Global shares slipped off record highs on Friday as gloomy data reminded investors of the struggles facing the economic recovery, curbing a rally fuelled by hopes of U.S. stimulus by newly inaugurated President Joe Biden.
Sentiment in Europe was already more cautious after Thursday’s European Central Bank meeting, in which the bank’s message was perceived as more hawkish than expected.
The yield on Italian 10-year benchmark bonds touched its highest since early November on reports that Prime Minister Giuseppe Conte may be tempted by the prospect of a snap election.
The Euro STOXX 600 was 1% weaker, heading for its worst daily showing of the year so far, as investors digested weaker flash PMI readings for January. Lockdown restrictions to contain the coronavirus pandemic hit the bloc’s dominant service industry.
The FTSE 100 index slipped 0.7% as data showed British retailers struggled to recover in December from a partial coronavirus lockdown the previous month.
The MSCI world equity index, which tracks shares in almost 50 countries, was 0.3% softer following three straight sessions of gains. E-Mini futures for the S&P 500 stumbled 0.7%.
MSCI’s broadest index of Asia Pacific stocks outside of Japan was 0.8% lower.
The risk-off mood followed a period of relief after the transition of power in the United States, culminating in Biden’s inauguration on Wednesday, and strong expectations that U.S. stimulus will provide continued support for global assets.
“The fact that there would be U.S. stimulus was well known and the size of the package and the very high-level details of what they’re aiming for with the package was well known some while ago,” said James Athey, investment director at Aberdeen Standard Investments.
“The realities of what is likely to be achievable relatively quickly are not supportive of just blindly buying cyclical assets. There’s a lot more nuance and a lot more politics to go on before we get there.”
Republicans in the U.S. Congress have indicated they are willing to work with Biden on his administration’s top priority, a $1.9 trillion U.S. fiscal stimulus plan, though some are opposed to the price tag.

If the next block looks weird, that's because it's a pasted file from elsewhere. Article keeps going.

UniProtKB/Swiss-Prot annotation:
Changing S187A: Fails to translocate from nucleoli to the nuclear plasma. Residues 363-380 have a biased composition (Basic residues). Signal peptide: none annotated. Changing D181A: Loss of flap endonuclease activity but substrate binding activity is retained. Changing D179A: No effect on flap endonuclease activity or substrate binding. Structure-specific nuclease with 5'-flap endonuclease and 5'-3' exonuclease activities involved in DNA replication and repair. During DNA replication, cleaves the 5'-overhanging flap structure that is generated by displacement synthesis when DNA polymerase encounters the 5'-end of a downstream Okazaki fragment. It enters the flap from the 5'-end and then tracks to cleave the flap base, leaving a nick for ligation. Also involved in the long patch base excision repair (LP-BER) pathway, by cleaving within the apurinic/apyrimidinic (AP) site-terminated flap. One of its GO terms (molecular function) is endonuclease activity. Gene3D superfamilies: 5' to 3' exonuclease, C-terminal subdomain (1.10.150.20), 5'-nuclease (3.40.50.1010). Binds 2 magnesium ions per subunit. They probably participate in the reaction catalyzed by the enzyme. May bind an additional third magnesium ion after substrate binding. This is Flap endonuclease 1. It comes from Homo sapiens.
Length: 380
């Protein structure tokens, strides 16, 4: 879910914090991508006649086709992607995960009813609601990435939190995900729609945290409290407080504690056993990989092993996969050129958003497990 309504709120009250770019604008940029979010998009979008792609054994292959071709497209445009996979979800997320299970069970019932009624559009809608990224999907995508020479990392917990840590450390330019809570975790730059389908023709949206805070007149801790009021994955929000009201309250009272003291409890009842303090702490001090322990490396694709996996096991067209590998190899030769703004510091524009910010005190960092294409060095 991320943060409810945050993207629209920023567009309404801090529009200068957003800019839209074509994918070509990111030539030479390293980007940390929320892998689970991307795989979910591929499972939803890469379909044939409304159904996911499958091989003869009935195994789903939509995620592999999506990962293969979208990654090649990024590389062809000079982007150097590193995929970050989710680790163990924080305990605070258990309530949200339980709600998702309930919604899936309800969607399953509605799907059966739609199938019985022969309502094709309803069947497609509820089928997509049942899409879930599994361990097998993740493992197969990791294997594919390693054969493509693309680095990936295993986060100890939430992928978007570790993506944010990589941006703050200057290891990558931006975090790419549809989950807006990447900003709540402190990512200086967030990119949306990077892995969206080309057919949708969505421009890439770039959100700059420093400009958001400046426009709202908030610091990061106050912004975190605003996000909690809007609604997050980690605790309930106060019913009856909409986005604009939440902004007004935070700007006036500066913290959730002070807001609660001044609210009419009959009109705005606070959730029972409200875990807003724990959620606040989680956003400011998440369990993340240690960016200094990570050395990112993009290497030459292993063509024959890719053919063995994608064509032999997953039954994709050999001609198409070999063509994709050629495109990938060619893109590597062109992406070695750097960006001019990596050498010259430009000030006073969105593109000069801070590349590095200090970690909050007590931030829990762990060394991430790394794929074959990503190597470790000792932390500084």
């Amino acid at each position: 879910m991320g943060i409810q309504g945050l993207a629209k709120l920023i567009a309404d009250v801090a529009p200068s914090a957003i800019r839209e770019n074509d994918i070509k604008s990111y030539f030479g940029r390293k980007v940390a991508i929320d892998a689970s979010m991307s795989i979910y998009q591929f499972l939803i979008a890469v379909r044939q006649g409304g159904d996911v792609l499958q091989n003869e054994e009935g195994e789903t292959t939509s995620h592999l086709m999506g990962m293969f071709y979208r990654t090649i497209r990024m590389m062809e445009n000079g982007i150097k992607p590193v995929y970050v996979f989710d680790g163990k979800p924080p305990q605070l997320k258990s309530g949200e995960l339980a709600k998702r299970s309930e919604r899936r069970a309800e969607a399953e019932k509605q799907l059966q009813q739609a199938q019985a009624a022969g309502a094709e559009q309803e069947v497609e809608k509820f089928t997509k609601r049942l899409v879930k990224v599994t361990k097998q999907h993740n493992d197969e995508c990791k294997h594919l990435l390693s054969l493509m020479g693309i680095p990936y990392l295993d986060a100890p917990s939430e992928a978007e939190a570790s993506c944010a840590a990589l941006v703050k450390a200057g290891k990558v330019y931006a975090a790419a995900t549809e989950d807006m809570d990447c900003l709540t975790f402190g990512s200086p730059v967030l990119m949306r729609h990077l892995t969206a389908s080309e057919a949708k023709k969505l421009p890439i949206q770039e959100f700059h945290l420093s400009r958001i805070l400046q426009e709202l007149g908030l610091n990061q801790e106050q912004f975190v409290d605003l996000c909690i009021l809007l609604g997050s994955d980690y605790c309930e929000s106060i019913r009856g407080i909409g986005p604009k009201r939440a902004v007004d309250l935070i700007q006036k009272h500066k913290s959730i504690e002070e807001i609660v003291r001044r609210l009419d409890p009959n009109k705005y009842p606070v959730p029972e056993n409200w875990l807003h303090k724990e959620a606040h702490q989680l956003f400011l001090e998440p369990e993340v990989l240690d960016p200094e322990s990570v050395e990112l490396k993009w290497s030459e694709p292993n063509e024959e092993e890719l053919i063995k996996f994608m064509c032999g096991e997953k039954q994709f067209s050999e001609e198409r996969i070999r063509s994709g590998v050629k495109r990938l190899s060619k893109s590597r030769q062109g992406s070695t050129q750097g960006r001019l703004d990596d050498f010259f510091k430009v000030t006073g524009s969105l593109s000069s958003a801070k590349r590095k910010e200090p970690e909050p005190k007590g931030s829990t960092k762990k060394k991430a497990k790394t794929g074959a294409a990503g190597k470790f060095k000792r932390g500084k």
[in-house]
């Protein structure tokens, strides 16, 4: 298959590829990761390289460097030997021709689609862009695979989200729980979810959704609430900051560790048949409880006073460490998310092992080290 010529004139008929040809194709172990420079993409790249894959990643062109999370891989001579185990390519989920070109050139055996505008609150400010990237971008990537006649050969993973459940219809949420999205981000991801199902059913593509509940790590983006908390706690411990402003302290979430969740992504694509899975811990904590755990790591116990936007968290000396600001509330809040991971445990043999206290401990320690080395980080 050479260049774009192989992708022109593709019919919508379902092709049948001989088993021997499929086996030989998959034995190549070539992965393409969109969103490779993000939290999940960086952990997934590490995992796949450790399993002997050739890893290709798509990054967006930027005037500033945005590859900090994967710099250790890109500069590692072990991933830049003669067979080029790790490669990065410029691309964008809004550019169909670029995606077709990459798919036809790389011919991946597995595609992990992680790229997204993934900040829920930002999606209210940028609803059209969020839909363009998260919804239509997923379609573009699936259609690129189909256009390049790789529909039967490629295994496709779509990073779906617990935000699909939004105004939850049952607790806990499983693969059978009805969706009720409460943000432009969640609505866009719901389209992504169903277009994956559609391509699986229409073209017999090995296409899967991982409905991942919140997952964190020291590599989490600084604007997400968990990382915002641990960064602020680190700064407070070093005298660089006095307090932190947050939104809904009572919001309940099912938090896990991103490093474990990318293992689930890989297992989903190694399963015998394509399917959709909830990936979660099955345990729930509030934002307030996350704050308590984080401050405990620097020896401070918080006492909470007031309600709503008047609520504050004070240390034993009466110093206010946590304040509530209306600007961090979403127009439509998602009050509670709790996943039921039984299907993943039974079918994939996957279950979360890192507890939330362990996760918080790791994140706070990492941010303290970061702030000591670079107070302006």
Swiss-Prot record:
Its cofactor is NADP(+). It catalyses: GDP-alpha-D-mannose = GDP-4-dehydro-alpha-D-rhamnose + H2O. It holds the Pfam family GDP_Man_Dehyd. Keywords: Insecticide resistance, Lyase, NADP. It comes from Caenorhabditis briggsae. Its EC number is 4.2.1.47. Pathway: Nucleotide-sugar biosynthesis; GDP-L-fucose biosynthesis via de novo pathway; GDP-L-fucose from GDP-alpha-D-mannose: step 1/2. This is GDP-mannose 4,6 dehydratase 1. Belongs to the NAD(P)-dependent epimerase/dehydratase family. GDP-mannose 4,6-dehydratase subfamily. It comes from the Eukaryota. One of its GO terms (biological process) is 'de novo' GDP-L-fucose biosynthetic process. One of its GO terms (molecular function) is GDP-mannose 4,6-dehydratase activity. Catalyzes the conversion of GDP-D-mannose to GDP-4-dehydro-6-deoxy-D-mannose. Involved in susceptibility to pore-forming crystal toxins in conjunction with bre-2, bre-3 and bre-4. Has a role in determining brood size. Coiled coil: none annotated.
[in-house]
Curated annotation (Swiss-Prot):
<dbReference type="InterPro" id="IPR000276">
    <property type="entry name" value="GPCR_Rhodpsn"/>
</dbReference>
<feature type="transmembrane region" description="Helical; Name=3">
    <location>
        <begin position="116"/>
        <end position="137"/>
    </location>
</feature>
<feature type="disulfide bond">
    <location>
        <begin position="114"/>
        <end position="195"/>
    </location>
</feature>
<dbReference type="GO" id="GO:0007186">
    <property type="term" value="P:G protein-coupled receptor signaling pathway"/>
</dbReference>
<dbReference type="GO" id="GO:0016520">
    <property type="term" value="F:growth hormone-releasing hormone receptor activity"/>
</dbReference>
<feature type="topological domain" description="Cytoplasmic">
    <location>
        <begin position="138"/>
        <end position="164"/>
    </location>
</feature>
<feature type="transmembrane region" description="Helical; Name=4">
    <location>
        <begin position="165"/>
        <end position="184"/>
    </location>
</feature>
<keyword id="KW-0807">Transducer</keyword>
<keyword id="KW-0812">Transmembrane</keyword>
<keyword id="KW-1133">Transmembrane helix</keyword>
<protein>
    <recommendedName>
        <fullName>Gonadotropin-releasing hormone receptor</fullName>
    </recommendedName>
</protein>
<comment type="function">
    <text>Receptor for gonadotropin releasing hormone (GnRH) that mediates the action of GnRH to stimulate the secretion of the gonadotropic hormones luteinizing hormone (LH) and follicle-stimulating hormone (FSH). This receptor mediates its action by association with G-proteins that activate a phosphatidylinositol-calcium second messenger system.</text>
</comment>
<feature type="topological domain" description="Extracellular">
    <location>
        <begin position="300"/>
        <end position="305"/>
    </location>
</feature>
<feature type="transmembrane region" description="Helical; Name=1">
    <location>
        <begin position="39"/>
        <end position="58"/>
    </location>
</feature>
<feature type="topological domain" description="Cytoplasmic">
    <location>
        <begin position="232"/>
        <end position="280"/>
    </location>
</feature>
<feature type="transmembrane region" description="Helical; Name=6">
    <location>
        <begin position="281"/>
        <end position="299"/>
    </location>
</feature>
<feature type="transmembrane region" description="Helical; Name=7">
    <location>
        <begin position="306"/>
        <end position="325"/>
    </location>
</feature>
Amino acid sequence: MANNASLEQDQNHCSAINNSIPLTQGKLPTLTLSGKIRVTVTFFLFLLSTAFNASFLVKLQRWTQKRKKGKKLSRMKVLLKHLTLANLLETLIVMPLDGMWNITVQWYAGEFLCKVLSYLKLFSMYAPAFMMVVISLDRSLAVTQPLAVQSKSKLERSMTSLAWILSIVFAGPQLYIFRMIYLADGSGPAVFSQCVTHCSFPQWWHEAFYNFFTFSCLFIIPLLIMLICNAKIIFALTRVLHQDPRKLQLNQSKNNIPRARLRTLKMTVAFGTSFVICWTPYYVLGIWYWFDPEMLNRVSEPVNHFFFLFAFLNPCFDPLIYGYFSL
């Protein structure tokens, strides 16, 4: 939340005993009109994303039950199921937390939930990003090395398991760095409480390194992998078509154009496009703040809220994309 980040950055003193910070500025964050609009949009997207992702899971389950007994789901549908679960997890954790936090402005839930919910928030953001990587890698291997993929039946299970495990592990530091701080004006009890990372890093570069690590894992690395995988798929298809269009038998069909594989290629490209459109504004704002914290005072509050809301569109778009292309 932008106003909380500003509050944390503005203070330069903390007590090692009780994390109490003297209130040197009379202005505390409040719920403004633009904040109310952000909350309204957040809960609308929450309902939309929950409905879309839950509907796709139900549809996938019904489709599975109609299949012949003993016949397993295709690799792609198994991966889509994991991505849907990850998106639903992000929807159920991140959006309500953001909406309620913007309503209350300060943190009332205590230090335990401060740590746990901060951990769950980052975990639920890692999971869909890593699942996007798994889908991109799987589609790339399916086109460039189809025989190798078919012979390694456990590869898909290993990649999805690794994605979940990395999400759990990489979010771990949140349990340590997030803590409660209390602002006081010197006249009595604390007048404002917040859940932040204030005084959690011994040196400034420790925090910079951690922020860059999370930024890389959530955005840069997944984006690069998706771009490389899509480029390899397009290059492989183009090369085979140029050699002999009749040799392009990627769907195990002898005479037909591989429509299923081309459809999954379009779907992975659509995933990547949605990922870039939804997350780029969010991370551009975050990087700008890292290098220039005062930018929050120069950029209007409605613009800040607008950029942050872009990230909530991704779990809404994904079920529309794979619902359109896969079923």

Democrats took control of the U.S. Senate on Wednesday, though they will still need Republican support to pass the plan.
China’s composite stock index slid 0.4%, while the blue-chip CSI300 index edged up 0.1%.
Travel plans were in limbo for tens of millions of people in China’s northern cities. They have been under some kind of lockdown amid worries that undetected coronavirus infections could spread quickly during the Lunar New Year holiday, which is just weeks away.
China reported 103 COVID-19 cases on Friday.
In currency markets, the U.S. dollar gained after three straight days of losses, though it was still on track for its biggest weekly loss since mid-December. The currency was slightly up on the day at 90.182.
The Japanese yen was down around 0.1% against the dollar, at 103.63.
Data from Japan overnight showed that factory activity slipped into contraction in January and the services sector was more pessimistic as emergency measures to combat a COVID-19 resurgence hit sentiment.
The dollar’s recent slide has been led by investors ploughing money into higher-yielding currencies on optimism about a rapid economic recovery led by the U.S. stimulus.
In commodities, oil prices were weighed down by worries that new pandemic restrictions in China will curb fuel demand in the world’s biggest oil importer. [O/R]
Brent crude futures fell 2.5% to $54.68 a barrel. U.S. crude was 2.6% lower at $51.75 per barrel.
Spot gold was down 1.1% at 1,849.3 an ounce.